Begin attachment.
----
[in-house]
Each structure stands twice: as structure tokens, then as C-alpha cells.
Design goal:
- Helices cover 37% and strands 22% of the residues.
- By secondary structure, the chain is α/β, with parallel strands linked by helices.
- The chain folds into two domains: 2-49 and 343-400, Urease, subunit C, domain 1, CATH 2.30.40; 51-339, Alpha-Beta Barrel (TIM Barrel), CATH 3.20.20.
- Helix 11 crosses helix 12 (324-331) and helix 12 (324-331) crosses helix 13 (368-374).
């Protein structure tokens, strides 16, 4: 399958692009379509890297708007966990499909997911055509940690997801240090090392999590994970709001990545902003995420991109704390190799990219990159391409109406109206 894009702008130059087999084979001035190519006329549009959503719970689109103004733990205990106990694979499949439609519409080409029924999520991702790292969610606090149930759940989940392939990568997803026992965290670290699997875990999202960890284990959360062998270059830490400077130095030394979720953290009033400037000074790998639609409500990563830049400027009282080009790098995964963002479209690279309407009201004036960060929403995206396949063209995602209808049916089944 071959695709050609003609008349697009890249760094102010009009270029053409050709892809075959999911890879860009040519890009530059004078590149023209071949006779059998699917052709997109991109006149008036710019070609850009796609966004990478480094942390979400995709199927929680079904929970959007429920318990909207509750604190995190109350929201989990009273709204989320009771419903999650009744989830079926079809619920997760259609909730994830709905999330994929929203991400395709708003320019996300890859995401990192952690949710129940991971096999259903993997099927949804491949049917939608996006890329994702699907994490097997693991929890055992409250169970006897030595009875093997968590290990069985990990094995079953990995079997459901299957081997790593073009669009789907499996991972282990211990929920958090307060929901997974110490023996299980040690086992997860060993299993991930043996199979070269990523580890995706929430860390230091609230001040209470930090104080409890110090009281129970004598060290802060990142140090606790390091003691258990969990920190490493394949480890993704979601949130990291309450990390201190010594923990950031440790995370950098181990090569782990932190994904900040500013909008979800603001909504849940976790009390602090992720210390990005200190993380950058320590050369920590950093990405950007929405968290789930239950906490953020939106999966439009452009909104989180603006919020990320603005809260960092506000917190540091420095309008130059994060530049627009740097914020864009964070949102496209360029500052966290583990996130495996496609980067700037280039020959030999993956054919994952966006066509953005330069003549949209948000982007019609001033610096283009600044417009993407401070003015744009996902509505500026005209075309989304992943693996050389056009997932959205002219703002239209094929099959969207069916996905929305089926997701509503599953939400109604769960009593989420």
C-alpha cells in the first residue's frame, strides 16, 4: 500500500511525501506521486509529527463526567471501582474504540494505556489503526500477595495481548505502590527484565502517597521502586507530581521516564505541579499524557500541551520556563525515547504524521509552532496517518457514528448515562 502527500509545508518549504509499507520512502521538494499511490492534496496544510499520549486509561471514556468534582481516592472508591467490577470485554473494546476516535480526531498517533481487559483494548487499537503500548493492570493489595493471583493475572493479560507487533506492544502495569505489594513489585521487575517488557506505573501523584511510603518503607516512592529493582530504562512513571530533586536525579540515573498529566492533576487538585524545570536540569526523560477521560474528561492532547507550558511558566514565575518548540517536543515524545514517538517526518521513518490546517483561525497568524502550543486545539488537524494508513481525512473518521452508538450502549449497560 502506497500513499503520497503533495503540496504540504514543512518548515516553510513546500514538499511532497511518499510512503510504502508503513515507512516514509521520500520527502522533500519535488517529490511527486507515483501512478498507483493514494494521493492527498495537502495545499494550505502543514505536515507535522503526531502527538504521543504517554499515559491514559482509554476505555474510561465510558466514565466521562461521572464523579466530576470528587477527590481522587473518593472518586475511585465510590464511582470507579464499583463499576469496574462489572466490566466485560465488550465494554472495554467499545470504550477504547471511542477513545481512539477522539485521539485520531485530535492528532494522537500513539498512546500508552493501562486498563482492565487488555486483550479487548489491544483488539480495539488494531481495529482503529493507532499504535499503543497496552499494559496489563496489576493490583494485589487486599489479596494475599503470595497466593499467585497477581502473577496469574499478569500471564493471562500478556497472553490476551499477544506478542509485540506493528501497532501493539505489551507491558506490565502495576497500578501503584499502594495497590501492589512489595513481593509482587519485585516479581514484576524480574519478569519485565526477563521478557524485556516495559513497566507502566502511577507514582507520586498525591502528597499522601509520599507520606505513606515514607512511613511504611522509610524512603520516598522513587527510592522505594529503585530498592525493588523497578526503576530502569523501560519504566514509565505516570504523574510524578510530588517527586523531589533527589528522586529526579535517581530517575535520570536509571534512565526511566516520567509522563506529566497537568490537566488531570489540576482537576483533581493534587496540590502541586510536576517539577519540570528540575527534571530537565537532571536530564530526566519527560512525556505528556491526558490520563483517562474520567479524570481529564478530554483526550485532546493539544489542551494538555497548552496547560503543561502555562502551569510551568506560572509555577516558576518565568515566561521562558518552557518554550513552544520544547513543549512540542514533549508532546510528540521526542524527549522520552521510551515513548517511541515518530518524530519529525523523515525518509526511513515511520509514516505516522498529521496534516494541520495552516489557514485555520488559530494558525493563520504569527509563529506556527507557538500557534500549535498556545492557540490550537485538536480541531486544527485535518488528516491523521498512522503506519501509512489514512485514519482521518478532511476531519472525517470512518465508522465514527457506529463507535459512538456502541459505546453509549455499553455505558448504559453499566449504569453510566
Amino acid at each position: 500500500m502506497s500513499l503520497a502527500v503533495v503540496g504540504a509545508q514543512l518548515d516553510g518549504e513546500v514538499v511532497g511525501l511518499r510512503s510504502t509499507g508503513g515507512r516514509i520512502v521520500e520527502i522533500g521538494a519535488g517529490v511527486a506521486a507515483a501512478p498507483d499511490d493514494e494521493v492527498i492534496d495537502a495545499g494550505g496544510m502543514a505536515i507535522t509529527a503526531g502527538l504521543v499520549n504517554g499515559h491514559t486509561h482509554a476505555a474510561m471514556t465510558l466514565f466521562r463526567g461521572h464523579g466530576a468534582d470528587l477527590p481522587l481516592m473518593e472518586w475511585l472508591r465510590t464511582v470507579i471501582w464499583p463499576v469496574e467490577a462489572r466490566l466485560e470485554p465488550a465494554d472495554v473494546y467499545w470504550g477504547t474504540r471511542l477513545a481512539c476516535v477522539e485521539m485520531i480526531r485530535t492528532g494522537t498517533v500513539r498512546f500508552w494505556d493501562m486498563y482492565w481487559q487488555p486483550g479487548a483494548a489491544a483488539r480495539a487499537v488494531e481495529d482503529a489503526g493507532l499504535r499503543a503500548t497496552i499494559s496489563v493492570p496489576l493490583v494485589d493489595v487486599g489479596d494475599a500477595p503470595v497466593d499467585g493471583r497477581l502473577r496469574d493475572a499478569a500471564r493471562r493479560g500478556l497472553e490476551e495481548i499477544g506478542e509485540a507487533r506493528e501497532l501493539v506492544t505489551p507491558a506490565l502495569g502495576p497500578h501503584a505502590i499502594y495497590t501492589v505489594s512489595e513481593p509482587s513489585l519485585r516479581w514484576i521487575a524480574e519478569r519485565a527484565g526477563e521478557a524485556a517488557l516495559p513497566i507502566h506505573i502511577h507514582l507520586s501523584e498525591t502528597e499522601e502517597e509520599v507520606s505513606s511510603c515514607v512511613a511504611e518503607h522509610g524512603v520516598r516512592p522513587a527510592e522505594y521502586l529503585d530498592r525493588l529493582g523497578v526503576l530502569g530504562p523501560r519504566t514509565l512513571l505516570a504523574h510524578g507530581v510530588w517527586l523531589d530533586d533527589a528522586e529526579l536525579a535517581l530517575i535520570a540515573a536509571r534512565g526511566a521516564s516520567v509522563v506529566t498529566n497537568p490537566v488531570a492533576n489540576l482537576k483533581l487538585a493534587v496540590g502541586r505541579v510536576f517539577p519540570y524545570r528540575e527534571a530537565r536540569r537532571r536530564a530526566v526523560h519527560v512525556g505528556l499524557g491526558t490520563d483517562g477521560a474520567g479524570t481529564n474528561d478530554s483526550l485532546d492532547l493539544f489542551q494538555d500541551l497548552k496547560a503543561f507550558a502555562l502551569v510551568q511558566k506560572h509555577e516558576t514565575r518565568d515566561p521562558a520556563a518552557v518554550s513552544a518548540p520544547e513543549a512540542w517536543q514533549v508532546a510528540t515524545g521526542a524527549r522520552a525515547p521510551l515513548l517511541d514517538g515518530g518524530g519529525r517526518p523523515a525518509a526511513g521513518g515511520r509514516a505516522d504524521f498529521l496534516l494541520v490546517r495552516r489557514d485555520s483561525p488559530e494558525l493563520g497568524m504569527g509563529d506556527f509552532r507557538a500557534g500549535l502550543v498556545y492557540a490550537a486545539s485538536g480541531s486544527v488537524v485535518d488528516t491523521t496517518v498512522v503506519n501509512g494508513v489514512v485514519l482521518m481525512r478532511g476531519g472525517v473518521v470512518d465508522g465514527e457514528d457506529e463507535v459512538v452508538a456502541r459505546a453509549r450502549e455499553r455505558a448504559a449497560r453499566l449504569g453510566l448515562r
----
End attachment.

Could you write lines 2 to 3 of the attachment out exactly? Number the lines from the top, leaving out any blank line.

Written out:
Each structure stands twice: as structure tokens, then as C-alpha cells.
Design goal: